When first stepping onto Miami’s campus, Dominique Robinson wasn’t expecting to play on the defensive side of the ball, having been recruited as an offensive athlete after playing quarterback in high school.
On Saturday afternoon, Robinson took his next step on his football journey— as a defensive edge rusher— with his selection by the Chicago Bears in the fifth round of the 2022 NFL Draft.
Robinson has only played the edge position for the last two seasons, but in his limited time, he made an immediate impact, finishing with 28 tackles, 8.5 tackle-for-loss and 4.5 sacks in the 2021 season as a full-time starter after seeing rotational work in the COVID-shortened 2020 season.
He’s a six-foot-four, 254 lb. edge with both stand up hand-in-dirt ability, whose strength is in his flexibility and frame allowing him to win matchups with sheer speed rushing prowess. His background as a receiver gives Robinson an inherent speed advantage from the jump, but he may need to fill out a bit in order to withstand NFL levels of competition, which could affect that speed a little.
Although Robinson has added 30 pounds to his frame in the years between his arrival at Miami and the Senior Bowl, now looking the part of an NFL 4-3 DE or OLB, he still retains a lot of the athleticism that allowed him to play WR.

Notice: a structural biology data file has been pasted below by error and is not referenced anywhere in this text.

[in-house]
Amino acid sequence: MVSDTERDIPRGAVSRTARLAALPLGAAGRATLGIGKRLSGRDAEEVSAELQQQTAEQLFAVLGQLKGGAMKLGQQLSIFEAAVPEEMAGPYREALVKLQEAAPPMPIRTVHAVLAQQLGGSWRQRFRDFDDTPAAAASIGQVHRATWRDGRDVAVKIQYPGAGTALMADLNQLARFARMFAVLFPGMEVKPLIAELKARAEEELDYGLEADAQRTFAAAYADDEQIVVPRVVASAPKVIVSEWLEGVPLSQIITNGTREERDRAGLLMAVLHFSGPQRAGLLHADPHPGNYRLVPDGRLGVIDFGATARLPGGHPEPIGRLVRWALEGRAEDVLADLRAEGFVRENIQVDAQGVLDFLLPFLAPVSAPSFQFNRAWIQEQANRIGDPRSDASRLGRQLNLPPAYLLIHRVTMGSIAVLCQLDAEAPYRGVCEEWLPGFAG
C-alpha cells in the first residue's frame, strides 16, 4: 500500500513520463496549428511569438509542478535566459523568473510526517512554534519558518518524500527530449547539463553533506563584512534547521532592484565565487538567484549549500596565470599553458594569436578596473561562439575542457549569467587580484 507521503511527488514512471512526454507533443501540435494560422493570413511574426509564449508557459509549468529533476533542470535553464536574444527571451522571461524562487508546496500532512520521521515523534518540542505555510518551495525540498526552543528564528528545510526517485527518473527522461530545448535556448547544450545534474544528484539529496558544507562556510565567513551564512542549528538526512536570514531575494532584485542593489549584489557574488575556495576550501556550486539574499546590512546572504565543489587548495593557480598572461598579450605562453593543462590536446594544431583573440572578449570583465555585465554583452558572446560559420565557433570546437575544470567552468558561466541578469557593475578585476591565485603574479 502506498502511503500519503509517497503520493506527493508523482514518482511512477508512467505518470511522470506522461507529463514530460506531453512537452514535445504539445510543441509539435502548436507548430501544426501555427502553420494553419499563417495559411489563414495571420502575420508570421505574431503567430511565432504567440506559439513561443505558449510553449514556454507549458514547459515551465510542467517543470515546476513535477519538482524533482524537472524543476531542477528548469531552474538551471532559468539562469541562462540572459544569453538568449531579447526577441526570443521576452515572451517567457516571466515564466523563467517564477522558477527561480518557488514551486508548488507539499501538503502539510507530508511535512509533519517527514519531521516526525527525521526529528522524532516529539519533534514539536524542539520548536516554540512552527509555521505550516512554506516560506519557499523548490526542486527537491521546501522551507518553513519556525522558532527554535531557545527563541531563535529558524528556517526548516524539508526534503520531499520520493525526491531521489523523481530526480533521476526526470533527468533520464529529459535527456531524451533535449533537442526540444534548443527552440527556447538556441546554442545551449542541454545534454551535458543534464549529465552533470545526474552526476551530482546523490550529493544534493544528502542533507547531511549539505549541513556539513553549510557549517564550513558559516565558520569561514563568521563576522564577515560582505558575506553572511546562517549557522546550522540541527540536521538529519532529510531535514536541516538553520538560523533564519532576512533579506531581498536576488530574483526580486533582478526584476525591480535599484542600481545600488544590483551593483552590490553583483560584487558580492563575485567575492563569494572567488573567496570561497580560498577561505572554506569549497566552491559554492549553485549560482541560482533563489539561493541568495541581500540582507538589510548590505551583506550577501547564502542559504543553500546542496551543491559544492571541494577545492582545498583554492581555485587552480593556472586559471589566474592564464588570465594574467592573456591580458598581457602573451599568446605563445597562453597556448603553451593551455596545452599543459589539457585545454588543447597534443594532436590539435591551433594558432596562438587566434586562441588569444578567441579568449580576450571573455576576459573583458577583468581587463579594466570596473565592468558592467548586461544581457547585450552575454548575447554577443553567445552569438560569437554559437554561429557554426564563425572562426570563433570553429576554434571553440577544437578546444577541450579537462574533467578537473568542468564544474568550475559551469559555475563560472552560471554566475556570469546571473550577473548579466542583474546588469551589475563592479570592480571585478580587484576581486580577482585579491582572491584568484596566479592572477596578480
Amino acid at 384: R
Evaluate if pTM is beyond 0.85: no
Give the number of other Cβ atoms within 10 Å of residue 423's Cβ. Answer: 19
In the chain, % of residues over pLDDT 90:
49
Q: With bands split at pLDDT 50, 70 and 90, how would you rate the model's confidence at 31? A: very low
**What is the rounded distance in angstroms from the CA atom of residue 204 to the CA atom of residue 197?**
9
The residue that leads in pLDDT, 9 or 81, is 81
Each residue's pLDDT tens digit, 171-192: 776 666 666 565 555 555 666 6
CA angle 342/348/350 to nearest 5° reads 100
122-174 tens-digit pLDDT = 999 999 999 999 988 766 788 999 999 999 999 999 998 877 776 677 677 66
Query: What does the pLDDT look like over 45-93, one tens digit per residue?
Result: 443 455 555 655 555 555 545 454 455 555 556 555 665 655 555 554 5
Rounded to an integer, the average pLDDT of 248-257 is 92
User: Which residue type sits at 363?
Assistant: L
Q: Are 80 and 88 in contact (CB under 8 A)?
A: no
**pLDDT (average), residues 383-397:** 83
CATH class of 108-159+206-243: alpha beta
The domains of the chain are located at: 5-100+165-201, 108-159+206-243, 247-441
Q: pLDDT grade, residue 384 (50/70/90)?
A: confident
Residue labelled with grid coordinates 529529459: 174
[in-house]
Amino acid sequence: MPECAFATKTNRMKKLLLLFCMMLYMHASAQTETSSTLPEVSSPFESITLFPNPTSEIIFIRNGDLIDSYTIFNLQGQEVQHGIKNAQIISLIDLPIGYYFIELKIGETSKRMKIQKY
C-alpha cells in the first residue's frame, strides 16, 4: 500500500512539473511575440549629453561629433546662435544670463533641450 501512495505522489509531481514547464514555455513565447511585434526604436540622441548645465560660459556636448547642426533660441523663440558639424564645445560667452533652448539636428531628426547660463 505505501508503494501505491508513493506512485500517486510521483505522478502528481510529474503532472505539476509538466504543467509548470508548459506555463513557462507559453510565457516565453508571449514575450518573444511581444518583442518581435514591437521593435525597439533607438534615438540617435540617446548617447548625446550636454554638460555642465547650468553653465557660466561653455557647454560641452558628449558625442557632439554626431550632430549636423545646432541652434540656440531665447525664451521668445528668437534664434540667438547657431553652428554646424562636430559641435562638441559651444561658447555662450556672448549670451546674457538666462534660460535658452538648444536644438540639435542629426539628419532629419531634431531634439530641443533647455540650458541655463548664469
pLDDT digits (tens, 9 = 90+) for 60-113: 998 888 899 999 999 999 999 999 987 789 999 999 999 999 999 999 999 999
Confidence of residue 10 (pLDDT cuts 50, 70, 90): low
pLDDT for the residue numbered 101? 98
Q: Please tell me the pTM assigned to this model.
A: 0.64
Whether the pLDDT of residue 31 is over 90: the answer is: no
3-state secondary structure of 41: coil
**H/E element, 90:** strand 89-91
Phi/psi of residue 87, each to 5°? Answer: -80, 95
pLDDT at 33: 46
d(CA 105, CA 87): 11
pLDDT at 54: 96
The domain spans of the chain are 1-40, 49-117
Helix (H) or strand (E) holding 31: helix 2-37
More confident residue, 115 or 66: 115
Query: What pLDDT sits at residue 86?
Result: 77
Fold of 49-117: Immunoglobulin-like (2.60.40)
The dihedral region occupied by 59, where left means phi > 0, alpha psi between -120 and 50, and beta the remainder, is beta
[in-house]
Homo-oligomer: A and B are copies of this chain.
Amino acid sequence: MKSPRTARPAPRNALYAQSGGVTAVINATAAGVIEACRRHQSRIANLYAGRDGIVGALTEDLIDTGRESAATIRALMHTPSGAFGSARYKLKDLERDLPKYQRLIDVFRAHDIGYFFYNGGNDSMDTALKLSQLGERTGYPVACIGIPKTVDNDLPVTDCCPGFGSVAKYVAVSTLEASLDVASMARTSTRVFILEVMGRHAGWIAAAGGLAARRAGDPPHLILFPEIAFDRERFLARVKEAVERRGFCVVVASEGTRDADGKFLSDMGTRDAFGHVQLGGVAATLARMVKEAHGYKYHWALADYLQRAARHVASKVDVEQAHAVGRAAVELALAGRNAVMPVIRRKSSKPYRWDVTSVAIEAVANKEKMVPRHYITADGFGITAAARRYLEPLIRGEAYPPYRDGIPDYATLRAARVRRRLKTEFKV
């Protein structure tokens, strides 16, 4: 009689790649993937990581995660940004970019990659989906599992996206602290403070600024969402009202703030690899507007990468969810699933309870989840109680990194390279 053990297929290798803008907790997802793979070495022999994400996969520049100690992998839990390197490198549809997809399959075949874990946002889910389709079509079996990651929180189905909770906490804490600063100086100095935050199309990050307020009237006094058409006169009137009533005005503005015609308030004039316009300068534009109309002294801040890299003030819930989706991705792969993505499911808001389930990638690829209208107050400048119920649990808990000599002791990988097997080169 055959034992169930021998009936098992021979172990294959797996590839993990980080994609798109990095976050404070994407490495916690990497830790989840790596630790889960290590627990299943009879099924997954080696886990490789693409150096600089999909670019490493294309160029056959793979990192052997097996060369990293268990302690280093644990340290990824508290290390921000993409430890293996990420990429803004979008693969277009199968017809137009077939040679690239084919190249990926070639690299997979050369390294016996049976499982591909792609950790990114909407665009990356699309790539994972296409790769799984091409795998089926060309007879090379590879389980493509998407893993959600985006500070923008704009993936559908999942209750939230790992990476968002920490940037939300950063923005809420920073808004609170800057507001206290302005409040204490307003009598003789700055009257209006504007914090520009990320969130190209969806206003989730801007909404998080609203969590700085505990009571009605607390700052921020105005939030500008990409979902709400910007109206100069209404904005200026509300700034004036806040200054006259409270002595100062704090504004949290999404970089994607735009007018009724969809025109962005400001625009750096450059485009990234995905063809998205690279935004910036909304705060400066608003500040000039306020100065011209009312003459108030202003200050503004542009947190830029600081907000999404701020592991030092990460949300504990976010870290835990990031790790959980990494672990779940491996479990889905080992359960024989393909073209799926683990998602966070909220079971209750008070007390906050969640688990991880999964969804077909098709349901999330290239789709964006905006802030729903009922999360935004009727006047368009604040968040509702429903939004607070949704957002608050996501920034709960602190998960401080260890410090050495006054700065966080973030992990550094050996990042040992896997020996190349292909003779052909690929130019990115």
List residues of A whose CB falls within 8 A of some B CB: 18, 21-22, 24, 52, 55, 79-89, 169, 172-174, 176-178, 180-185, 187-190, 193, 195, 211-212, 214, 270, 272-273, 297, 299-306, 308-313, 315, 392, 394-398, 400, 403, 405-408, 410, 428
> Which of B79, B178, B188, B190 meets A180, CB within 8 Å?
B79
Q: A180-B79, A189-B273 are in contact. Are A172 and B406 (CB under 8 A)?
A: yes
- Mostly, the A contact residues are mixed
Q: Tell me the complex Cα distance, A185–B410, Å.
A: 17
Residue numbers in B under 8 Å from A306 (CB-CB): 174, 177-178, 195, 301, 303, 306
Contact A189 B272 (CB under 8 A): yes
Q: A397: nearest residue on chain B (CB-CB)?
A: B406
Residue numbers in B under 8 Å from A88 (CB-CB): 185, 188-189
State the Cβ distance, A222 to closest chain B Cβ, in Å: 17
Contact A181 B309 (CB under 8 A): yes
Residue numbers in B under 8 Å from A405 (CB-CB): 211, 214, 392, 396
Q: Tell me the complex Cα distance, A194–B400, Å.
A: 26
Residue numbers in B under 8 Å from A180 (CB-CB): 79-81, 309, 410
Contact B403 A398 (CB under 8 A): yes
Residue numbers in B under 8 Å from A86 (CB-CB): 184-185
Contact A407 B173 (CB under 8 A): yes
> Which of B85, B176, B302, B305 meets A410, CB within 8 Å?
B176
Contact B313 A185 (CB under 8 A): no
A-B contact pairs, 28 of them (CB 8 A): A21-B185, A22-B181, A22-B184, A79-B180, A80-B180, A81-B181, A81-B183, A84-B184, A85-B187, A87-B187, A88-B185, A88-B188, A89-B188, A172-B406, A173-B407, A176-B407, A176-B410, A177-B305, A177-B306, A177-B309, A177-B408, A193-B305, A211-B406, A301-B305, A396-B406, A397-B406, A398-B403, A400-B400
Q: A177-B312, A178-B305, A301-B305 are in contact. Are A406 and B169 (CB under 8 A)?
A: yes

In fact, his Relative Athletic Score (RAS) of 9.73 out of 10.0 ranks 6th among the 2022 draft DE prospects in the RAS system, where he scored ‘elite’ in ‘composite explosion’ and ‘great’ in ‘composite speed and agility.’
This puts a lot of intrigue on Robinson’s potential ceiling, as his Combine numbers caught a lot of eyes, especially with his vertical jump and 40-yard dash times. His Senior Bowl performance also exposed the NFL world to his potential abilities, as he stood out despite a deep class of edge rushers with his efforts.
The same raw athleticism which makes him an intriguing prospect is also a risk, however, as Robinson still needs to learn the more technical aspects of the edge rusher position, such as hand placement and angle of pursuit in the backfield.
Chicago will likely take a couple years to develop Robinson, whether that’s keeping him on the 53-man roster in a reserve/special teams role or on the practice squad. But the hard work could potentially be rewarded, as Robinson has all the tools needed to be an effective starter in the right situation should his high-ceiling potential be realized.